Condition dependence varies with mating success in male Drosophila bunnanda

McGuigan, K (2009) Condition dependence varies with mating success in male Drosophila bunnanda. JOURNAL OF EVOLUTIONARY BIOLOGY, 22 9: 1813-1825. doi:10.1111/j.1420-9101.2009.01791.x


Author McGuigan, K
Title Condition dependence varies with mating success in male Drosophila bunnanda
Formatted title
Condition dependence varies with mating success in male Drosophila bunnanda
Journal name JOURNAL OF EVOLUTIONARY BIOLOGY   Check publisher's open access policy
ISSN 1010-061X
Publication date 2009-09
Year available 2009
Sub-type Article (original research)
DOI 10.1111/j.1420-9101.2009.01791.x
Volume 22
Issue 9
Start page 1813
End page 1825
Total pages 13
Editor Moore, A.J.
Place of publication United Kingdom
Publisher Wiley- Blackwell Publishing
Collection year 2010
Language eng
Subject C1
060399 Evolutionary Biology not elsewhere classified
970106 Expanding Knowledge in the Biological Sciences
Formatted abstract
Although key to sexual selection theories, condition dependence has proven a challenging area of empirical research. It is expected that availability of resources will affect both mean and variation of sexual trait expression, with lower mean and greater variation in harsher environments. Here, I manipulated the environment in a laboratory population of Drosophila bunnanda to test for condition dependence of sexually selected traits. Sexually successful and unsuccessful males differed in how the environment affected sexual trait expression. Specifically, sexual trait attractiveness declined more rapidly with declining resources in sexually unsuccessful males, consistent with the expectation that low quality males were less able to meet the greater signalling costs associated with harsher environments. This study illustrates the potential insights into condition dependence that might be gained through considering sexual trait expression and mating success within the same manipulative experimental design.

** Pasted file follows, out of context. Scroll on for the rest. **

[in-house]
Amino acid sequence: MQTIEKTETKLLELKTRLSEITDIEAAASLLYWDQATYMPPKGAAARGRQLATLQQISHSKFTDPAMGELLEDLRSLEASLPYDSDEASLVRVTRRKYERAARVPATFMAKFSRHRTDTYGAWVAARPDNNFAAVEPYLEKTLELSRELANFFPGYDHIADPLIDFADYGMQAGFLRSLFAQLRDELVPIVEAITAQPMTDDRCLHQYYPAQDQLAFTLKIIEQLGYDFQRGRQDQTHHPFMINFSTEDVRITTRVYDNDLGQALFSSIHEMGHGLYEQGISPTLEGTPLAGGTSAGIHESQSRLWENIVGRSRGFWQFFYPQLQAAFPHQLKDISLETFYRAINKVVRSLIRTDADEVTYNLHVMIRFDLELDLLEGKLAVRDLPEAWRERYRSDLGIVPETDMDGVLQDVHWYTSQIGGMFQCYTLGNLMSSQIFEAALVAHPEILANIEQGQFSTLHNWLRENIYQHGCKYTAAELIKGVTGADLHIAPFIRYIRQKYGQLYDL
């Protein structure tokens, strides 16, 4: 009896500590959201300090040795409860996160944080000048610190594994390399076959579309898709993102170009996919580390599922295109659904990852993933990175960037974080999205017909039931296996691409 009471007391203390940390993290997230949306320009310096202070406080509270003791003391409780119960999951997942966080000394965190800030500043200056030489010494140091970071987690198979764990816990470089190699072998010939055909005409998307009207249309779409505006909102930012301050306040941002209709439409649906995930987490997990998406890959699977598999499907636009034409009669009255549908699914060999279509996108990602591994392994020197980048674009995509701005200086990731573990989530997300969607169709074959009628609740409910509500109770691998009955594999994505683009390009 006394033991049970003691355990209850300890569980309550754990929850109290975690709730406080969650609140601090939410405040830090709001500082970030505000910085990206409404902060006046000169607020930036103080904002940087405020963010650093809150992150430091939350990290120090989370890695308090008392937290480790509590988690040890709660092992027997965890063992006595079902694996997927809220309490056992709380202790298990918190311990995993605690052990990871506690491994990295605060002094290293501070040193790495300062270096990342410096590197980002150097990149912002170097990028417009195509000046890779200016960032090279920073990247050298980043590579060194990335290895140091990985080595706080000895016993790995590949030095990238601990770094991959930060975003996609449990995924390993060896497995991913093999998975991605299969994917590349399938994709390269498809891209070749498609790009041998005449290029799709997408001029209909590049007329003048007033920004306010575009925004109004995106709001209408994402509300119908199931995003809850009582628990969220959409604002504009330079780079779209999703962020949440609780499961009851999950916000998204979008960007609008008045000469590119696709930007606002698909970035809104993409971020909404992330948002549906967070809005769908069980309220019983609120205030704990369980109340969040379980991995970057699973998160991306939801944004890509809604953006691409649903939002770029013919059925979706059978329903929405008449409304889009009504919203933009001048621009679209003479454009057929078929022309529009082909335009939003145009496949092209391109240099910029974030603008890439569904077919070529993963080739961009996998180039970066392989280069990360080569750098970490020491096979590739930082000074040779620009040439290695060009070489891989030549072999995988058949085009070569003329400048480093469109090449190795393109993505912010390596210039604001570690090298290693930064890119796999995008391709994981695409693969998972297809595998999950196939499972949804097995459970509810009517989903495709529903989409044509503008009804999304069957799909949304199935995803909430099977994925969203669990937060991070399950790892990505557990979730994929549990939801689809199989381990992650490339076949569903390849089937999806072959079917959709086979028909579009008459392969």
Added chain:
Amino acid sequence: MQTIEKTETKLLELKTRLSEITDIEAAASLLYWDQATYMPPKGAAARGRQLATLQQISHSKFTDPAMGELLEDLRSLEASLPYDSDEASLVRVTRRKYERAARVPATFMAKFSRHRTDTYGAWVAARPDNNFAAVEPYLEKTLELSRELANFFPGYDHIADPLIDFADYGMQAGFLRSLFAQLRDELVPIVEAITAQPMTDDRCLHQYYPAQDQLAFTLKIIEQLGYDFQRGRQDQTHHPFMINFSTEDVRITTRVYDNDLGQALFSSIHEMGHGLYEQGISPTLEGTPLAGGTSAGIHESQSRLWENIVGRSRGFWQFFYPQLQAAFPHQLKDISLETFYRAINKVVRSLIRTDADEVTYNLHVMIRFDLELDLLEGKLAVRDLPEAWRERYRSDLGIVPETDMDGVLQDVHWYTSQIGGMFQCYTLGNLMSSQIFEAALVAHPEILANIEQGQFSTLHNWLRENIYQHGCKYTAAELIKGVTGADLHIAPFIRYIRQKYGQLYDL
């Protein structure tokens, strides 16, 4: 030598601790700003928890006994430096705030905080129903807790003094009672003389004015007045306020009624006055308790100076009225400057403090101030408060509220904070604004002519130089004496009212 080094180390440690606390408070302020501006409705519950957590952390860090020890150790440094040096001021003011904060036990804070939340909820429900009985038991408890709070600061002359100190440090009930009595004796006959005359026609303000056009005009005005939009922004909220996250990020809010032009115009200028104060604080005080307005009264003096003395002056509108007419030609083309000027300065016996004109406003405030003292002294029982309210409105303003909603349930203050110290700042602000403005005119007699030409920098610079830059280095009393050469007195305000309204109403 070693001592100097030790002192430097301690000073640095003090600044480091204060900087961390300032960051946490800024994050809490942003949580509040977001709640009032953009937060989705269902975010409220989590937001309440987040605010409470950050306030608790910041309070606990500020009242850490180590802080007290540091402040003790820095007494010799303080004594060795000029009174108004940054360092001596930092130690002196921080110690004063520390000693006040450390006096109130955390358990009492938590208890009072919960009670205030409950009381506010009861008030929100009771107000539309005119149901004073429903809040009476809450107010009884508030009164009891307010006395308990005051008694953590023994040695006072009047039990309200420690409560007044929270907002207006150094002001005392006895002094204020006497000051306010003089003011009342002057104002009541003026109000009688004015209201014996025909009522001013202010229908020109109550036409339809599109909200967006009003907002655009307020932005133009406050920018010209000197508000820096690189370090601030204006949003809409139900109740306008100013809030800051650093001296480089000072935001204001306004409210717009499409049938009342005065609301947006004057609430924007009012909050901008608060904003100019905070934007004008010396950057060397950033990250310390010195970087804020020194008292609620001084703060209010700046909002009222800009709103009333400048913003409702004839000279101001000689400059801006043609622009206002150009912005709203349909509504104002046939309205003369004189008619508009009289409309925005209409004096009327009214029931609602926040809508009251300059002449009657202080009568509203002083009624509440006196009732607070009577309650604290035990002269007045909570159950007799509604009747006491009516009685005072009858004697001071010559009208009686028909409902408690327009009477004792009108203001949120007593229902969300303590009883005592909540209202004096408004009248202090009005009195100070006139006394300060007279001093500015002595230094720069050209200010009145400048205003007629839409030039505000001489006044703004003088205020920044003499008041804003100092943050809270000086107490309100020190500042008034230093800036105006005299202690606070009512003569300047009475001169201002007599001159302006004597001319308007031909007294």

Keyword function-valued traits
genetic benefits
mate choice
sexual selection
wing shape
MULTICOMPONENT SEXUAL SIGNAL
FUNCTION-VALUED TRAITS
GENETIC VARIANCE
LEK PARADOX
QUANTITATIVE GENETICS
MATE CHOICE
BODY-SIZE
ENVIRONMENT INTERACTION
HANDICAP PRINCIPLE
FEMALE PREFERENCE
Q-Index Code C1
Q-Index Status Confirmed Code

Document type: Journal Article
Sub-type: Article (original research)
Collections: 2010 Higher Education Research Data Collection
School of Biological Sciences Publications
 
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Citation counts: TR Web of Science Citation Count  Cited 11 times in Thomson Reuters Web of Science Article | Citations
Scopus Citation Count Cited 12 times in Scopus Article | Citations
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Created: Fri, 04 Sep 2009, 10:21:18 EST